KHN Morning Briefing

Summaries of health policy coverage from major news organizations

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CMS Reports 13M Would Lose Insurance Under GOP Plan, A Rosier Projection Than CBO’s Score

Experts say that both reports rely on assumptions, and that it's still uncertain how things will play out if the House Republican health care bill went into effect.

USA Today: Latest Estimate: 13 Million People To Lose Health Coverage With GOP Plan
About 13 million people will lose health insurance in the next 10 years if the House-passed Affordable Care Act replacement plan is enacted, according to a new report out Tuesday from the Centers for Medicare and Medicaid Services' office of the actuary. The estimate, while hardly rosy, is still about 10 million fewer people than the Congressional Budget Office (CBO) estimated would lose coverage under the American Health Care Act (AHCA), now being considered by the Senate. (O'Donnell, 6/13)

Politico: Federal Actuary: 13M More Uninsured Under GOP Repeal Package
The coverage estimate is well below the 23 million more uninsured that the CBO has projected under the American Health Care Act. The congressional scorekeeper additionally estimated that the American Health Care Act would reduce spending by only $119 billion over a decade. The disparity is a result of differing assumptions about whether cost-saving measures in the House bill will work. The CMS actuary and CBO have disagreed in the past on the budgetary effects of legislation, including surrounding the enactment of Obamacare. The new actuary's analysis does not estimate the effects of taxes repealed. (Demko, 6/13)

Modern Healthcare: CMS Actuary Predicts GOP Repeal Bill Will Reduce Coverage By 13 Million 
The CMS actuary's report projected that the AHCA, narrowly passed by House Republicans last month with no Democratic votes, would reduce federal Medicaid spending by $383.2 billion from 2017 through 2026. The spending reductions would stem mainly from repealing the Affordable Care Act's Medicaid expansion to low-income adults. That's far less than the $834 billion in Medicaid cuts projected by the CBO. (Meyer, 6/13)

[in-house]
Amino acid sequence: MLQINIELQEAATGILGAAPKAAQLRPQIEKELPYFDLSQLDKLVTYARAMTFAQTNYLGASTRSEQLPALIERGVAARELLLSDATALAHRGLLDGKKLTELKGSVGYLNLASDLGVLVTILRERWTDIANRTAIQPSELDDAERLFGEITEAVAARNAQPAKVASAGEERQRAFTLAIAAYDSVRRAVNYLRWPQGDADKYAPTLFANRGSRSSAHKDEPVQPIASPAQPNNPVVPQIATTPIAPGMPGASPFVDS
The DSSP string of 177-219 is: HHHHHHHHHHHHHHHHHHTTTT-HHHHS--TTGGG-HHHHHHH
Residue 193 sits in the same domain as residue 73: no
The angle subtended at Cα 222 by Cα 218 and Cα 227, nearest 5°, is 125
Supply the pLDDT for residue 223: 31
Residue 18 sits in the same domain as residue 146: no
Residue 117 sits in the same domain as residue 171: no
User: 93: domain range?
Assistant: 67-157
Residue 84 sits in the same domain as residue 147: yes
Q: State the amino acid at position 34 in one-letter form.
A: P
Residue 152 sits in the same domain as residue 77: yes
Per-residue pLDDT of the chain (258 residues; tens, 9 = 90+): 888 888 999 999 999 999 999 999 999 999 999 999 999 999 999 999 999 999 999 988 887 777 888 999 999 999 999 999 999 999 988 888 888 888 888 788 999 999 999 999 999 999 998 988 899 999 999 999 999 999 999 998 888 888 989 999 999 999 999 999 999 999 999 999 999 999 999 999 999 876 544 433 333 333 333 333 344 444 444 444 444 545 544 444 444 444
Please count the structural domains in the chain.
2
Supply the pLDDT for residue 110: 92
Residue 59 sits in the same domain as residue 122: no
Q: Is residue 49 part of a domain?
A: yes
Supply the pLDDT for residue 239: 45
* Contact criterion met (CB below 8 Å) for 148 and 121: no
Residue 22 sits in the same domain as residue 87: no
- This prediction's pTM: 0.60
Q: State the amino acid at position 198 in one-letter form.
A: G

The Hill: Trump Administration: 13 Million Uninsured Under GOP Health Plan 
The actuary noted, however, that allowing states to waive out of some ObamaCare regulations could lead to a "deteriorating or possibly failing individual market," which is similar to a conclusion made in the CBO report. "If such actions were implemented, we would expect that the individual market in these areas would destabilize such that premiums for comprehensive coverage for a significant proportion of the population would become unaffordable and the coverage would cease to be offered," the actuary wrote. (Hellmann, 6/13)

CQ Roll Call: CMS Says 13 Million Would Lose Coverage Under GOP Health Bill
CMS also said in its analysis that the average gross premiums in the individual insurance market would be roughly 13 percent lower by 2026 under the House-passed bill than under current law. But that estimate may provide little comfort for consumers who are wondering what would happen to their insurance costs under the GOP bill. The average net premiums, which are what’s left after federal and state subsidies weighted, would be roughly 5 percent higher than under the current law. (Young, 6/13)

Nashville Tennessean: Study: AHCA Could Cost Tennessee 28k Jobs
Tennessee stands to lose more than 28,000 jobs by 2026 under the GOP's health care reform bill, which would reduce the health care workforce in the state and nationally, per a new study. In the short term, the tax repeal under the American Health Care Act would add 864,000 jobs nationally, but the gains would be stripped away in subsequent years as changes to coverage and cuts to Medicaid funding took effect, according to a study from The Commonwealth Fund and the George Washington University Milken Institute of Public Health. (Fletcher, 6/13)

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